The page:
Based at Intersport Rio Sport, the school offers English-language tuition for all ability levels and all ages, but also aim to be a one-stop information shop for all things Sierra Nevada offering help with everything from transfers, accommodation, rentals and lift passes, if you need it, to recommending  popular haunts; the Spanish tapas bars and restaurants.

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9. Great Alternative Activities

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Driving one of a selection of Audi cars on snow at the base of the pistes when the lifts close is a thrilling and useful driving experience.  The Audi driving school, managed by a professional rally driver, has instructors sit in with you and after a safety class in rally driving you’re off, learning how to drive and corner at speed on a snowy slope, which invariably involves lots of high sped spins in comparative safety.

For something a little more relaxed, the spectacular YHI Spa within the Melia Sol y Nieve hotel is a real attraction in its own right and open to non-residents. A kind of adult water theme park, as well as a high class relaxing spa, it’s Spain’s largest mountain spa and covers a huge 2,500 m2 with hydrothermal circuit including Finnish sauna, Turkish bath, 4 whirlpools (2 with oxygen therapy), sensation showers, flotarium, pediluvial and (If you can face it) a cold plunge bath.

High pressure water cannon in the central pool area are great for a back massage or you can book a treatment in one of the seven treatment booths (one with private whirlpool).

There are lots of other leisure facilities and activities besides including tubing and ski biking up on the slopes, evening tours in a converted snow groomer.  And at “El Mirlo Blanco” leisure centre you can enjoy the ice-skating rink, mini-slalom with ski-bikes or ski-chairs, Russian sleighs and archery

10. Up To Five Star Deluxe Accommodation Options

Accommodation options range from budget B&Bs and apartment complexes to some really high calibre three and four star accommodation, plus five star and even the kind of uber-luxurious institutions you’re more likely to find in Aspen, Courchevel, Verbier or St Moritz.

The four star Melia Sol y Nieve is one of the resort’s leading hotels, located at the entrance of Sierra Nevada but only a 100m walk to the gondolas. There are over 250 comfortable rooms and guests can choose from a vast breakfast buffet of hot and cold food especially designed for skiers, as well as visiting that huge spa complex (see number eight above).  There’s also the option to enjoy the exclusive ‘The Level’ service, which provides many advantages and includes access to the The Level Family Lounge (-1 floor). For adults (over 16s) it also includes access to The Level Lounge, a private reception area, open bar and permanent buffet serving sweet and savoury snacks.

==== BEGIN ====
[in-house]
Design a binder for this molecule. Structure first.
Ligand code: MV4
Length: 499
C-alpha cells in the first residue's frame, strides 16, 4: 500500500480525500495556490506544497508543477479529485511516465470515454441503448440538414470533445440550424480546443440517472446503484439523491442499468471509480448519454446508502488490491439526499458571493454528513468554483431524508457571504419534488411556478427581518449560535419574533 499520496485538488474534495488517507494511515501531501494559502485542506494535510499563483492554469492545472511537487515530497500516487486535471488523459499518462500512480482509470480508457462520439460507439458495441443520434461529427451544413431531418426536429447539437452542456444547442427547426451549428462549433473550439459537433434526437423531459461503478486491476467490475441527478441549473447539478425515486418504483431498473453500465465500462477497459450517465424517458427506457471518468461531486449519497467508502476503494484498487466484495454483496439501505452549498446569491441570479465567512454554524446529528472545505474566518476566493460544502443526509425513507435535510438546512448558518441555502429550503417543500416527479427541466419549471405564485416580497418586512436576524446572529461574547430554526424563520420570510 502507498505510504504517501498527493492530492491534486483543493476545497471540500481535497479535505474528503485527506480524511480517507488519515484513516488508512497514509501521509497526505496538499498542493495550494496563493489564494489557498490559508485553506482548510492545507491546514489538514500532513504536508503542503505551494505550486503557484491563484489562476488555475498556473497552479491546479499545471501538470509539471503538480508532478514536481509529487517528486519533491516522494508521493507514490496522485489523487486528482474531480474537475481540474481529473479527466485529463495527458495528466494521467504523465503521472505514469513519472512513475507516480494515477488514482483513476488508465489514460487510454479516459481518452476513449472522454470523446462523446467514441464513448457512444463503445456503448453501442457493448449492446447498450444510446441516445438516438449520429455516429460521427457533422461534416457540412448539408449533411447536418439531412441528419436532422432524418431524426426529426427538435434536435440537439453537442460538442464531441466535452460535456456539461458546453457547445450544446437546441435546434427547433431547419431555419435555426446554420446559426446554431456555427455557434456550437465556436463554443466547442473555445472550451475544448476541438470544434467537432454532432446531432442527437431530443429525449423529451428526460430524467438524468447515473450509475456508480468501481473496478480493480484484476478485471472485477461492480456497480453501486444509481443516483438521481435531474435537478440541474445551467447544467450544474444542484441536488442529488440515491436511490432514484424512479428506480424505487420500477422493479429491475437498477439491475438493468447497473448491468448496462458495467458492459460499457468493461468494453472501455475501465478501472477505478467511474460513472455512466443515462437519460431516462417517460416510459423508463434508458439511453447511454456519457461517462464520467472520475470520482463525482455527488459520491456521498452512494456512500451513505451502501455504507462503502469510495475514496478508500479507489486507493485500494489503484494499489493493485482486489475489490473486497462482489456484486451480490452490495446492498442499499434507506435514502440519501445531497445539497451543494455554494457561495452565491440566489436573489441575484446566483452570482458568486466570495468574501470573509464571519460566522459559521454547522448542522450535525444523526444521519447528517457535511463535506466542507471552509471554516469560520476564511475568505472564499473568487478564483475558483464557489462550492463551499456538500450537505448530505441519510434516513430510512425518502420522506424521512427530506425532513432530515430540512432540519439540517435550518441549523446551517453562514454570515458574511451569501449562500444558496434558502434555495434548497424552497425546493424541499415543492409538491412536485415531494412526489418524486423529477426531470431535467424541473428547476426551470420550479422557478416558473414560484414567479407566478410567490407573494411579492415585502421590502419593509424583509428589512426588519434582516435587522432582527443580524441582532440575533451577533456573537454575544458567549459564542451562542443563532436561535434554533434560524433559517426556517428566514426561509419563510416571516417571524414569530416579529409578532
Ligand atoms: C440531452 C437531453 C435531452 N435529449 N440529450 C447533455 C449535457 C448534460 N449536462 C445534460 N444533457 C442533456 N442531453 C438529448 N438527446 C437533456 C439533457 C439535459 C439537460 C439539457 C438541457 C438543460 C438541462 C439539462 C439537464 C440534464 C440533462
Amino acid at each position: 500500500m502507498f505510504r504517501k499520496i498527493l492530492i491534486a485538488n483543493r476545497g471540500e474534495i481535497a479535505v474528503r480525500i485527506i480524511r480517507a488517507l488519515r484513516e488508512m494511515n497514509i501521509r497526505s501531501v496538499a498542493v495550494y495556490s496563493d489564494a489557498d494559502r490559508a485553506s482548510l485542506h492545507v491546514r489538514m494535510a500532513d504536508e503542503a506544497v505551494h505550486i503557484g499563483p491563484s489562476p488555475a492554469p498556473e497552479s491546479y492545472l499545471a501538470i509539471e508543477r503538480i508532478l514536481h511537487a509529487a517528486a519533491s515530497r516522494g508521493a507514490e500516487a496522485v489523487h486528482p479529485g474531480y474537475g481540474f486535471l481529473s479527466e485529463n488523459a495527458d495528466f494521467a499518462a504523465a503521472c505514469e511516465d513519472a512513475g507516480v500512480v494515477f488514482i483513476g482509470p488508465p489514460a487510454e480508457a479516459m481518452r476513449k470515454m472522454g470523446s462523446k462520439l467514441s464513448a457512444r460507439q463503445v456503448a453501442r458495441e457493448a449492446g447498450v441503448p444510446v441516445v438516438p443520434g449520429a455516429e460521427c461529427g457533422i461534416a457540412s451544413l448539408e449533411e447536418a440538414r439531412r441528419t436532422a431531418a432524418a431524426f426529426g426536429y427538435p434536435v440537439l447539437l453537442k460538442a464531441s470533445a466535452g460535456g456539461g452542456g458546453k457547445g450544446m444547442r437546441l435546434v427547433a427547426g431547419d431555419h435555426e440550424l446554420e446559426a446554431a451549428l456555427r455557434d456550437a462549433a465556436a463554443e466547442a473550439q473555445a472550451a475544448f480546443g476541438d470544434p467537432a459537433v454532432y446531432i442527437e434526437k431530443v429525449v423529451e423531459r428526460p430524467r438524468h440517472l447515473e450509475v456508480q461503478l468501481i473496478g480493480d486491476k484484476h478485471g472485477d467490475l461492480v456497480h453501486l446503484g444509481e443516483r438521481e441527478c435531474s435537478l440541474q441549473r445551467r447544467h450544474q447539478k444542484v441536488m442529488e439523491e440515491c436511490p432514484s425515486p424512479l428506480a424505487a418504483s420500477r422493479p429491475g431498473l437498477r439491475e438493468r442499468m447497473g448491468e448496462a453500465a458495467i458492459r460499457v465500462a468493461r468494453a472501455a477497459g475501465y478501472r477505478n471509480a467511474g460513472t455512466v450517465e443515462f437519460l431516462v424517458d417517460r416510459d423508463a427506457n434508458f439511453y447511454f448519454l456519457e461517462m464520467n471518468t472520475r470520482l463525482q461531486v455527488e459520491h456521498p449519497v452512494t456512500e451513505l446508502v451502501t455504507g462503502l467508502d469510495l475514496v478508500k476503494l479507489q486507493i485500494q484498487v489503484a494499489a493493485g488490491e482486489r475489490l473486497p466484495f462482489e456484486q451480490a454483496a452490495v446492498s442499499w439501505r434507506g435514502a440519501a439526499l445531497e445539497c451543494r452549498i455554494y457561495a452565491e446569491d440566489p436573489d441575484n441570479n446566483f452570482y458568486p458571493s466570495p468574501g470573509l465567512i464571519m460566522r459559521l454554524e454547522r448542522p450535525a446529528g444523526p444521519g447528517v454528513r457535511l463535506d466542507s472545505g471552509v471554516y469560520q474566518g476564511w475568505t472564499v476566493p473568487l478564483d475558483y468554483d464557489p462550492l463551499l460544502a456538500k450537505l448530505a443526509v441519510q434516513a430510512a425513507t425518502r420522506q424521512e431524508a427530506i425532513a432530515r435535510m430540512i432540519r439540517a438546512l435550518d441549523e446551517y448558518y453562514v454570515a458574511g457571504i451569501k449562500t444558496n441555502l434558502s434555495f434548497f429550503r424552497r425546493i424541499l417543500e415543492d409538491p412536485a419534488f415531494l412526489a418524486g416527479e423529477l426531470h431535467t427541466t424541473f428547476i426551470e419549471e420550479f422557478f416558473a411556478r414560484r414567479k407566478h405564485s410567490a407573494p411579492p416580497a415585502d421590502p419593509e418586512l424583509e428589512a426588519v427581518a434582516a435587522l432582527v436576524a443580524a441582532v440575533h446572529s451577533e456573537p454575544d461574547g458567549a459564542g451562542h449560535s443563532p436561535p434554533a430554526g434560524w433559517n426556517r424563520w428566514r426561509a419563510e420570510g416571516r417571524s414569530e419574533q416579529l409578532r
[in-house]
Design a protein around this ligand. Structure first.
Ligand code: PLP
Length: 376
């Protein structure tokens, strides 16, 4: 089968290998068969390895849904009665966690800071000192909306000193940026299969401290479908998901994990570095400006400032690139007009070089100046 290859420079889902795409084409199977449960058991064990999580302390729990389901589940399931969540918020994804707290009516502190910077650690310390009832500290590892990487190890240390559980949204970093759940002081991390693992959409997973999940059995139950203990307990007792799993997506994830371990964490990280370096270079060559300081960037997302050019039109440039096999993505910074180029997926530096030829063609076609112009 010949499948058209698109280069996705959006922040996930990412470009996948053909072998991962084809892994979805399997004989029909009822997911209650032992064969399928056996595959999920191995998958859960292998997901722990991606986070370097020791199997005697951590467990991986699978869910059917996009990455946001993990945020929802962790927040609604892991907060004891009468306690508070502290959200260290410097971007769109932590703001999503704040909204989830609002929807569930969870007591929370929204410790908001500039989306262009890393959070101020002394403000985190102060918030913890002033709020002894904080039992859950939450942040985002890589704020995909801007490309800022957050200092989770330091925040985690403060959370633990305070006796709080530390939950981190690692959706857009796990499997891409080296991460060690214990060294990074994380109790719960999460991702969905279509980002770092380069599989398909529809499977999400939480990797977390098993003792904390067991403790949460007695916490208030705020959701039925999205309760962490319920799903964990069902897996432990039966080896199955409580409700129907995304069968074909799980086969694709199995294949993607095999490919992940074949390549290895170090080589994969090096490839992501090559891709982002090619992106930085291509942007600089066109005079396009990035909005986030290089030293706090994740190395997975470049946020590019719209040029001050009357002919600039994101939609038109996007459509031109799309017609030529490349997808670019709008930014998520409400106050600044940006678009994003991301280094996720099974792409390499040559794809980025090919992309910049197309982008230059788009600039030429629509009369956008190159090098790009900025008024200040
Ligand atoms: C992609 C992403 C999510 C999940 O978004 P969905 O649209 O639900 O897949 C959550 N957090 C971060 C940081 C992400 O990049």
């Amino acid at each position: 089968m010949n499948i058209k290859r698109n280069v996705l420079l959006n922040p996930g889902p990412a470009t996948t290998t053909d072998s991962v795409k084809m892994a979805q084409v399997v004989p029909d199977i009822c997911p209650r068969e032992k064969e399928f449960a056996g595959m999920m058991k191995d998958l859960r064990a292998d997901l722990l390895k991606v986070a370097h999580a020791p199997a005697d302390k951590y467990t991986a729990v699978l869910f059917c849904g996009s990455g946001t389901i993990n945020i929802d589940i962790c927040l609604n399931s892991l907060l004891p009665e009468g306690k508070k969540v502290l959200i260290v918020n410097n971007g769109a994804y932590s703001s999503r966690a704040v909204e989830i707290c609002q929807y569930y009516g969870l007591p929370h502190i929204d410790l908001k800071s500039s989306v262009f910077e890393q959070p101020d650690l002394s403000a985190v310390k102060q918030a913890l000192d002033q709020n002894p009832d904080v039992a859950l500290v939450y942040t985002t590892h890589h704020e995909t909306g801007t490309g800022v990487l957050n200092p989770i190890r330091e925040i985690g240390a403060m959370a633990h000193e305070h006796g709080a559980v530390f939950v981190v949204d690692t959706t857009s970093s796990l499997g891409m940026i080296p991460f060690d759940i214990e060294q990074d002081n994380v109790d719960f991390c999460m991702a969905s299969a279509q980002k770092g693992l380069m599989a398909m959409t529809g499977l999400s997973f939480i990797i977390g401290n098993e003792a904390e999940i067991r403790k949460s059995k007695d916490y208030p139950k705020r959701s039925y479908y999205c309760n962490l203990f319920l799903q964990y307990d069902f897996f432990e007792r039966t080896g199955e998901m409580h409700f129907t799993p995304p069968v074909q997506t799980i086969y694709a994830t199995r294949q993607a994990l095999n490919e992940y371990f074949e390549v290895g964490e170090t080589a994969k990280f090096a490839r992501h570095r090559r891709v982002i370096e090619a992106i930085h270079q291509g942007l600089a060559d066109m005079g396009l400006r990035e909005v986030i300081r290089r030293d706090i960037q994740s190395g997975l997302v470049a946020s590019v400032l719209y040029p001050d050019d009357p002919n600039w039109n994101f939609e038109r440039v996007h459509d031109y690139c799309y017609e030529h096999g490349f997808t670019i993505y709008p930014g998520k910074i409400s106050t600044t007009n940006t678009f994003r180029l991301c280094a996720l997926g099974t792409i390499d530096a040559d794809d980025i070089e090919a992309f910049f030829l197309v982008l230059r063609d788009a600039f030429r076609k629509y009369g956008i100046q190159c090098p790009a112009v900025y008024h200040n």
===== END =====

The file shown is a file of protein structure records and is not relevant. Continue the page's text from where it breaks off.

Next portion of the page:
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Another hotel, very famous in Sierra Nevada and the whole skiing world, is Rumaykiyya (above), a unique five-star, slopeside hotel belonging to Spain’s Vincci group.

Apart from being extremely comfortable, with some great rooms and suites, a well-appointed bar and separate restaurant and an intimate spa area, and with the very high service standards you would expect from this high class of hotel, Rumaykiyya is located at 2,400m making it the highest ski hotel in Europe.

The biggest news in resort accommodation this winter in Sierra Nevada however s the uber-chic El Lodge, an ‘above  five-star’ Alpine chalet-style hotel built to a luxuriously high spec on the ruins of a former luxury hotel which was destroyed by fire two years ago (The indoor gondola cabin picture above is from here).

El Lodge has only 20 glorious rooms, but these include several remarkable suites on the hotel’s penthouse floor which include partially enclosed roof terraces complete with hot tubs.

The hotel also has a spa, indoor and outdoor pools, a guest’s lounge and a huge slopeside terrace which is popular throughout the day with visitors and guests a like. There’s an a la carte gourmet restaurant too.